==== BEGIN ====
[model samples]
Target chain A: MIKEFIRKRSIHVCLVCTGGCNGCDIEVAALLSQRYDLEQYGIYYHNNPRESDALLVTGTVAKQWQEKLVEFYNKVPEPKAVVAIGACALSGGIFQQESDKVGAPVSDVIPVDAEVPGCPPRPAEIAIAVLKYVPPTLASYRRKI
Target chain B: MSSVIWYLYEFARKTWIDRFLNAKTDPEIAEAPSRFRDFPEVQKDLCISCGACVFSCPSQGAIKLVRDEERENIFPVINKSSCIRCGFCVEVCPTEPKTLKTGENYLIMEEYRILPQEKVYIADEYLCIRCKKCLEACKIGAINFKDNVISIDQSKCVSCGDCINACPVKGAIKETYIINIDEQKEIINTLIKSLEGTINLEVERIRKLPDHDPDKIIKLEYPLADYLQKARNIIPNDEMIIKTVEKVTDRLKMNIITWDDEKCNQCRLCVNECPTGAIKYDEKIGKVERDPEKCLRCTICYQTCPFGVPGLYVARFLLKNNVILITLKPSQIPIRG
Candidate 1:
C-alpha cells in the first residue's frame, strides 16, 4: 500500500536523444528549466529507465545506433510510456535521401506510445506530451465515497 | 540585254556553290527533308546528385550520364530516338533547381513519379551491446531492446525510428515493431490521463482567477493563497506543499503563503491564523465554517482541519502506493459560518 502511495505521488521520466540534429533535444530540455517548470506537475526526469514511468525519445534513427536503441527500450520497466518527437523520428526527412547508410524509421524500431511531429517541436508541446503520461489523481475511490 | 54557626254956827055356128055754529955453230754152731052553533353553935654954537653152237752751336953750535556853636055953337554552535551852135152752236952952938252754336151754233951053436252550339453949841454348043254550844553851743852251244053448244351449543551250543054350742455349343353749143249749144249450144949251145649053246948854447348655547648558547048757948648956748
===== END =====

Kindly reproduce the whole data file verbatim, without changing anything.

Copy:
[model samples]
Target chain A: MIKEFIRKRSIHVCLVCTGGCNGCDIEVAALLSQRYDLEQYGIYYHNNPRESDALLVTGTVAKQWQEKLVEFYNKVPEPKAVVAIGACALSGGIFQQESDKVGAPVSDVIPVDAEVPGCPPRPAEIAIAVLKYVPPTLASYRRKI
Target chain B: MSSVIWYLYEFARKTWIDRFLNAKTDPEIAEAPSRFRDFPEVQKDLCISCGACVFSCPSQGAIKLVRDEERENIFPVINKSSCIRCGFCVEVCPTEPKTLKTGENYLIMEEYRILPQEKVYIADEYLCIRCKKCLEACKIGAINFKDNVISIDQSKCVSCGDCINACPVKGAIKETYIINIDEQKEIINTLIKSLEGTINLEVERIRKLPDHDPDKIIKLEYPLADYLQKARNIIPNDEMIIKTVEKVTDRLKMNIITWDDEKCNQCRLCVNECPTGAIKYDEKIGKVERDPEKCLRCTICYQTCPFGVPGLYVARFLLKNNVILITLKPSQIPIRG
Candidate 1:
C-alpha cells in the first residue's frame, strides 16, 4: 500500500536523444528549466529507465545506433510510456535521401506510445506530451465515497 | 540585254556553290527533308546528385550520364530516338533547381513519379551491446531492446525510428515493431490521463482567477493563497506543499503563503491564523465554517482541519502506493459560518 502511495505521488521520466540534429533535444530540455517548470506537475526526469514511468525519445534513427536503441527500450520497466518527437523520428526527412547508410524509421524500431511531429517541436508541446503520461489523481475511490 | 54557626254956827055356128055754529955453230754152731052553533353553935654954537653152237752751336953750535556853636055953337554552535551852135152752236952952938252754336151754233951053436252550339453949841454348043254550844553851743852251244053448244351449543551250543054350742455349343353749143249749144249450144949251145649053246948854447348655547648558547048757948648956748